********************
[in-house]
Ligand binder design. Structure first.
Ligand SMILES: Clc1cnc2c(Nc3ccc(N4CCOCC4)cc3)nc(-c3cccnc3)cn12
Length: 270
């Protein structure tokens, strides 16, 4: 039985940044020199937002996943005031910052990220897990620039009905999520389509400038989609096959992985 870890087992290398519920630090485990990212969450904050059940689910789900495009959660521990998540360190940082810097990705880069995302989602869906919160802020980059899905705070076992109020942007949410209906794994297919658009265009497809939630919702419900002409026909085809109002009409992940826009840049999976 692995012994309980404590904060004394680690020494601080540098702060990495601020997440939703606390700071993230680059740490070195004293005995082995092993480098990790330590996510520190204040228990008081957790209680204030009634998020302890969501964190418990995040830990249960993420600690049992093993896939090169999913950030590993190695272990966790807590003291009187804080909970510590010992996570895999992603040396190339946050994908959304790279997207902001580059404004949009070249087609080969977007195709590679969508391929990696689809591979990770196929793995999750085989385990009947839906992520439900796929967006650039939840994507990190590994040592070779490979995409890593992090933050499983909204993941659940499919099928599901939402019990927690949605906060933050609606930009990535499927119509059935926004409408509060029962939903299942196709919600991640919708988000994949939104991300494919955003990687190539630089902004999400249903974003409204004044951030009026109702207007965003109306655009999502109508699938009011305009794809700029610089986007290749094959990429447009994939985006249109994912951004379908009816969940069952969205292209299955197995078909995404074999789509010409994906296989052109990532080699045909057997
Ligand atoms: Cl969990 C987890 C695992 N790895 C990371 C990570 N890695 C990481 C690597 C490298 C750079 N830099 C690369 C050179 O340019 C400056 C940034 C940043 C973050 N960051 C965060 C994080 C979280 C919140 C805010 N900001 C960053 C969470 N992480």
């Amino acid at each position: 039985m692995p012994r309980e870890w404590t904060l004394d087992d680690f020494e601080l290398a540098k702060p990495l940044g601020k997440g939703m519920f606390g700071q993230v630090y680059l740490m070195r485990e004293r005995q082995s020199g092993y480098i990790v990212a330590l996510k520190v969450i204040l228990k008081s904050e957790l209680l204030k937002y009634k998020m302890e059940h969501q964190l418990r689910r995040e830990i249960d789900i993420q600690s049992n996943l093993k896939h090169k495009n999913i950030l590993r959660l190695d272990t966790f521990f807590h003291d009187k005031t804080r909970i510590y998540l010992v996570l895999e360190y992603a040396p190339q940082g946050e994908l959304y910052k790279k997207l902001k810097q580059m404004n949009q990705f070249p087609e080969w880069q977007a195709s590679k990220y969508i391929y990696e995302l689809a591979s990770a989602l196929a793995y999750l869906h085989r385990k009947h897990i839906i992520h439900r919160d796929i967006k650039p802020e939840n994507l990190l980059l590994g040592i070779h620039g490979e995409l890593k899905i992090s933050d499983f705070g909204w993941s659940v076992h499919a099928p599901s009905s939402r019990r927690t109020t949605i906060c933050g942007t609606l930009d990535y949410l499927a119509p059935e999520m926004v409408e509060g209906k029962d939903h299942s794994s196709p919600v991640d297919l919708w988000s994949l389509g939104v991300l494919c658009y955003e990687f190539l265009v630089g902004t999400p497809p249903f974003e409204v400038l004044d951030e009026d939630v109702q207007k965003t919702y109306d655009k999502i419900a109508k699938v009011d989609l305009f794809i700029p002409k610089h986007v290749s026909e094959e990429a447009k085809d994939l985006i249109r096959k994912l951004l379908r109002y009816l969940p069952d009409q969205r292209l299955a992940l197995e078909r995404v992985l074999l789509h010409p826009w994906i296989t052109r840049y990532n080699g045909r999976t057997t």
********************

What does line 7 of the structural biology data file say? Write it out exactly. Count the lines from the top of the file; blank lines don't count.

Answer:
């Amino acid at each position: 039985m692995p012994r309980e870890w404590t904060l004394d087992d680690f020494e601080l290398a540098k702060p990495l940044g601020k997440g939703m519920f606390g700071q993230v630090y680059l740490m070195r485990e004293r005995q082995s020199g092993y480098i990790v990212a330590l996510k520190v969450i204040l228990k008081s904050e957790l209680l204030k937002y009634k998020m302890e059940h969501q964190l418990r689910r995040e830990i249960d789900i993420q600690s049992n996943l093993k896939h090169k495009n999913i950030l590993r959660l190695d272990t966790f521990f807590h003291d009187k005031t804080r909970i510590y998540l010992v996570l895999e360190y992603a040396p190339q940082g946050e994908l959304y910052k790279k997207l902001k810097q580059m404004n949009q990705f070249p087609e080969w880069q977007a195709s590679k990220y969508i391929y990696e995302l689809a591979s990770a989602l196929a793995y999750l869906h085989r385990k009947h897990i839906i992520h439900r919160d796929i967006k650039p802020e939840n994507l990190l980059l590994g040592i070779h620039g490979e995409l890593k899905i992090s933050d499983f705070g909204w993941s659940v076992h499919a099928p599901s009905s939402r019990r927690t109020t949605i906060c933050g942007t609606l930009d990535y949410l499927a119509p059935e999520m926004v409408e509060g209906k029962d939903h299942s794994s196709p919600v991640d297919l919708w988000s994949l389509g939104v991300l494919c658009y955003e990687f190539l265009v630089g902004t999400p497809p249903f974003e409204v400038l004044d951030e009026d939630v109702q207007k965003t919702y109306d655009k999502i419900a109508k699938v009011d989609l305009f794809i700029p002409k610089h986007v290749s026909e094959e990429a447009k085809d994939l985006i249109r096959k994912l951004l379908r109002y009816l969940p069952d009409q969205r292209l299955a992940l197995e078909r995404v992985l074999l789509h010409p826009w994906i296989t052109r840049y990532n080699g045909r999976t057997t």